Blain’s Morning Porridge 28th June 2023: China and the West are Diverging – how must less investible will The Middle Kingdom become?
“Cheap things are not good; good things are not cheap.”
China and the West are diverging into different economic camps. It stings both ways – Western companies trying to build new but more costly secure supply chains, while the Chinese economy struggles with lost orders. Can there be an accommodation?
I am regularly told why I should be invested in China. I am equally regularly told why I should not be! I remain …. open to discussion.
When I used to visit the Middle Kingdom I was always mightily impressed – modern one moment, and then some extraordinary historical monument around the next corner. In the 1990s I picked up prints in flea markets I am now told may be worth something – but I would never sell them. It’s an absolutely fascinating place. No nation has ever lifted so many people out of poverty in such a short time. No nation has built such a surfeit of modern infrastructure, property or established itself as a leading global economy so swiftly. Over the years I’ve taken time to learn a little of its history – but there is simply so much.
But – I wonder at how real it might all be.
Like most western financiers, deep down I am deeply suspicious and distrustful of how Autocracies play to a very different economic and market vibe than Western Democracies and Free Markets. China has succeeded in way Russia never could – it was organised and focused. It has done well through hybrid markets and state direction, but in recent years the clamp down on exuberant technocrats, surveillance capitalism while closing its’ “cloud-borders” to outside news and influence demonstrates how different it is.
As a result, it’s fair to say the performance of the China part of my investment book has been…. disappointing.
A quick glance at the state of play in global geopolitics shows how the gap between the economics of democracies and free markets, and the state autocracies have widened massively in recent years reflecting not just the Ukraine War, but the coming struggle for global dominance. The West? China? The Gulf? Brics? The Global South? India? Its all a very different and changing economic environment.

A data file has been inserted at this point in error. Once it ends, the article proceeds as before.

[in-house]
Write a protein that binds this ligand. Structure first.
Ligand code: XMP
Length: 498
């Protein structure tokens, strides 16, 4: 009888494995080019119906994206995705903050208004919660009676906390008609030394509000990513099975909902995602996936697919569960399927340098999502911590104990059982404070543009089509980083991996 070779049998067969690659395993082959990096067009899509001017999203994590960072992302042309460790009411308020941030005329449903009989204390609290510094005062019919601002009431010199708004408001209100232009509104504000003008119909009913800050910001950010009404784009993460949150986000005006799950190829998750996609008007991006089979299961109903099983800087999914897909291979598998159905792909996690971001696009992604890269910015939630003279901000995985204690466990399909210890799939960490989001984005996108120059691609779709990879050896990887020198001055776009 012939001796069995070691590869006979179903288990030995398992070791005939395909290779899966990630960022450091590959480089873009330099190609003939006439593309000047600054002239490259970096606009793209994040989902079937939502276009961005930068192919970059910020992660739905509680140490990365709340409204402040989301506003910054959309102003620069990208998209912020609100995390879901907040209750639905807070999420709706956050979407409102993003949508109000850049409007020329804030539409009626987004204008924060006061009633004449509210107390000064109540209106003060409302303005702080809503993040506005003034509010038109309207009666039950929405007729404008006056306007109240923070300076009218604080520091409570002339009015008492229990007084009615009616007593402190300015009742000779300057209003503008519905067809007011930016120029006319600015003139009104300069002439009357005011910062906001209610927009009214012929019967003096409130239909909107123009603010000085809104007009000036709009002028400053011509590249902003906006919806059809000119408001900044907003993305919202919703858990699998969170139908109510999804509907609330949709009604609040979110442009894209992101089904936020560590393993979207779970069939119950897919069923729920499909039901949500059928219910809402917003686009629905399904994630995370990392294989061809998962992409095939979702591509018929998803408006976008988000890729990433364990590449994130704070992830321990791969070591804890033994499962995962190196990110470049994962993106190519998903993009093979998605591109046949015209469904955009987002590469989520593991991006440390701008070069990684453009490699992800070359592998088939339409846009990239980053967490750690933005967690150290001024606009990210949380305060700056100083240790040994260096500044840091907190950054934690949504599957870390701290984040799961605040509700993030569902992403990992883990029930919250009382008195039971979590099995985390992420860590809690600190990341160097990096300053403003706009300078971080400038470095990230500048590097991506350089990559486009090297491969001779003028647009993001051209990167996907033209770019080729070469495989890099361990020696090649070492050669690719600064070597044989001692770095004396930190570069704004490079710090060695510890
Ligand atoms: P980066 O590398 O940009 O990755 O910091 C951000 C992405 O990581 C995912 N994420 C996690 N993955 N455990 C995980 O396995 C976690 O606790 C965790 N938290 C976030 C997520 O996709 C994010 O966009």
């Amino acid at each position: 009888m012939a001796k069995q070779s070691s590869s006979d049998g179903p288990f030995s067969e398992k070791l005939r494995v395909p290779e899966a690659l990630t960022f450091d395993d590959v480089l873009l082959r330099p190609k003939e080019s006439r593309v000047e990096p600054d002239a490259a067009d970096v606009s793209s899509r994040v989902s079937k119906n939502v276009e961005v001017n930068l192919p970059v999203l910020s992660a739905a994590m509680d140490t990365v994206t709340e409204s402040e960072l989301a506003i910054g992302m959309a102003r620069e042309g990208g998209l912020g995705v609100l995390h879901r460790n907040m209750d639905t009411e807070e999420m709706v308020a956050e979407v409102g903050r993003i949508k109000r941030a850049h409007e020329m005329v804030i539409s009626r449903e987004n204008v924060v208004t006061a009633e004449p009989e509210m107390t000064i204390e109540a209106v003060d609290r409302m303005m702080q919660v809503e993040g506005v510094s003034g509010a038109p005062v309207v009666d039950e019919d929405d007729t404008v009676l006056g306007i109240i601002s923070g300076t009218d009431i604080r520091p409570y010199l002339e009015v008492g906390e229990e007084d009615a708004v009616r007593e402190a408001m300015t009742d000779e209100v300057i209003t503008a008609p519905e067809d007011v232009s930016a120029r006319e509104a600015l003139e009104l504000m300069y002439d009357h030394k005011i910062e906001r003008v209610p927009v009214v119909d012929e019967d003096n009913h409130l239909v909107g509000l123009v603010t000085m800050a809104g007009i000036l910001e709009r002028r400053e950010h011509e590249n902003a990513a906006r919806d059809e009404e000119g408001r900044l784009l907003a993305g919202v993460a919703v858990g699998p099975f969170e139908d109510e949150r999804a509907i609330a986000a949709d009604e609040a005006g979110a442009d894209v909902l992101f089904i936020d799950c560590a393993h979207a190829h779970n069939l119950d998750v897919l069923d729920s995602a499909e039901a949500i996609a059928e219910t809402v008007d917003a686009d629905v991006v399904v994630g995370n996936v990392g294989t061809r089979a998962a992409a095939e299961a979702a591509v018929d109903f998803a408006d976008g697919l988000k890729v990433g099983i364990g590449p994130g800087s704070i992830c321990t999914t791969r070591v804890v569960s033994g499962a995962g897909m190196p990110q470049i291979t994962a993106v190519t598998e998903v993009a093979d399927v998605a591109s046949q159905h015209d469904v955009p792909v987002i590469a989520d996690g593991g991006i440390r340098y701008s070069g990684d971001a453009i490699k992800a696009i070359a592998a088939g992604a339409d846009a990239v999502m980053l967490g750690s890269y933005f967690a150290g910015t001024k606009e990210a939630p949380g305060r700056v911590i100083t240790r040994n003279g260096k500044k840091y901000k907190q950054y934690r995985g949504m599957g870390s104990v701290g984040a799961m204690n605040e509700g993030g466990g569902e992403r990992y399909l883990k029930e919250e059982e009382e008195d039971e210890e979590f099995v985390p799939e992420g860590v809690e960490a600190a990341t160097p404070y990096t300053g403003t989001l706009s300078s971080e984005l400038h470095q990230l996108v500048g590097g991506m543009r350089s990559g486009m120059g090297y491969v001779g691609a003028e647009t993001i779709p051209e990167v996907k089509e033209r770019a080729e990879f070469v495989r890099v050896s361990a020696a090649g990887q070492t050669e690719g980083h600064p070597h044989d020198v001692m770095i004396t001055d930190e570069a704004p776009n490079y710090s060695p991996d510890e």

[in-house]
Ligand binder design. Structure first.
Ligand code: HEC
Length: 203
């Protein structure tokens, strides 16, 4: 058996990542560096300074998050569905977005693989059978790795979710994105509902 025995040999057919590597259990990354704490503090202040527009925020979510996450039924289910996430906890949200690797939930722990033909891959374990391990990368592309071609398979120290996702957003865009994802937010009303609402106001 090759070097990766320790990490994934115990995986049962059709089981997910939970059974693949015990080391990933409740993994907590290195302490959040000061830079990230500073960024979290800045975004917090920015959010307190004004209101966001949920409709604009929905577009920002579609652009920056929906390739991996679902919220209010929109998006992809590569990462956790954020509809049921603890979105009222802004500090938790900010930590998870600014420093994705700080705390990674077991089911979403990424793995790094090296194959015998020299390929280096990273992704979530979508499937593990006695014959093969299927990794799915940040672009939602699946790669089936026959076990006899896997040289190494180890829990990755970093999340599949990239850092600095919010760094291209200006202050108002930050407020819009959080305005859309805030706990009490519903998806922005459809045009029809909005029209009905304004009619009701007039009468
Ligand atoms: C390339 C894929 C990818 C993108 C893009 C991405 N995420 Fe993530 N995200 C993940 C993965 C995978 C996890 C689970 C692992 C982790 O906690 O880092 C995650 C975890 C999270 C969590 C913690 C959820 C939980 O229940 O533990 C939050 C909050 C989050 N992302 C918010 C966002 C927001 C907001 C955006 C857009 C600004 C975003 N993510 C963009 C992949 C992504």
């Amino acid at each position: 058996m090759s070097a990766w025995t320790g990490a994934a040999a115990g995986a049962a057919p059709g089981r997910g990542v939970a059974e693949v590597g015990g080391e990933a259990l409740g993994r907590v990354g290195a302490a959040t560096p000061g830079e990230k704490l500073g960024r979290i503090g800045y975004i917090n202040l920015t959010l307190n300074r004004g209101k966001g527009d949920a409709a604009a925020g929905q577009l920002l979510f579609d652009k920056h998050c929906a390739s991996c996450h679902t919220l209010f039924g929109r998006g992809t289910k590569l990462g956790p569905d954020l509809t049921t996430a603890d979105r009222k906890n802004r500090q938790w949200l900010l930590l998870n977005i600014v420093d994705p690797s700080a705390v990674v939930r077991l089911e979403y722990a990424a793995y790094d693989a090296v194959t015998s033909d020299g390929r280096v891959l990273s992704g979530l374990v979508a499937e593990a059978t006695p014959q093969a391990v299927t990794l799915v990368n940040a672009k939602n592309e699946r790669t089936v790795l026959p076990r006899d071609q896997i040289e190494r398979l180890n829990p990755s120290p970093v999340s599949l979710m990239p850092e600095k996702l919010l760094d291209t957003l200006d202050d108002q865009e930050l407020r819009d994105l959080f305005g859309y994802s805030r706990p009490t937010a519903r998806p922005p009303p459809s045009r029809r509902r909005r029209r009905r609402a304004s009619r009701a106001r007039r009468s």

When it comes to China… This morning there are a number of stories around China that caught my attention.
The FT sets the tone: China censors financial blogger as economic recovery falters. Financial commentators – probably not unlike myself – are being blocked from Weibo (China’s Twitter) for posting tales that disagree with the official narrative of growth and prosperity. If you want to write about finance in China – you need to be positive – support the narrative. Finding out what is really going on in China has always been…. challenging. You see and hear what you are supposed to see and hear.
The second story is on Bloomberg: Xi Vow to Protect Foreign Investors Ramps UP Charm Offensive. The slowing economy, the imperfect post Covid recovery, the efforts of the West to de-risk from over-reliance on uncertain supply chains, and the perception China has closely re-aligned with Russia, has created economic uncertainty as foreign investors and trade counterparts hold back. These are further compounded by the west disengaging economically for reasons including China’s bellicosity over Taiwan, its crude debt diplomacy, human rights, and the rest.
(Another tale of misalignment with the West is HSBC becoming entrapped into providing banking services for the Crypto Businesses China has decided to incubate in Hong Kong: HSBC pressed by Hong Kong regulators to take on Crypto clients.)
Strip away the positive narrative of China welcoming global entrepreneurs to the “Summer Davos” in Tianjin this week, and the reality is hard to determine. A snapshot of China’s rising youth unemployment – nearly 21% – should be a flashing warning signals! In the early days of the Chinese economic revolution the Iron Rice Bowl was an accommodation between the people and government: jobs for life and economic growth in return for letting the Chinese Communist Party govern. Nothing terrifies the CCP more that disaffected youth without jobs, angry about the environment and getting antsy just as a previous generation did on Tiananmen Square decades ago.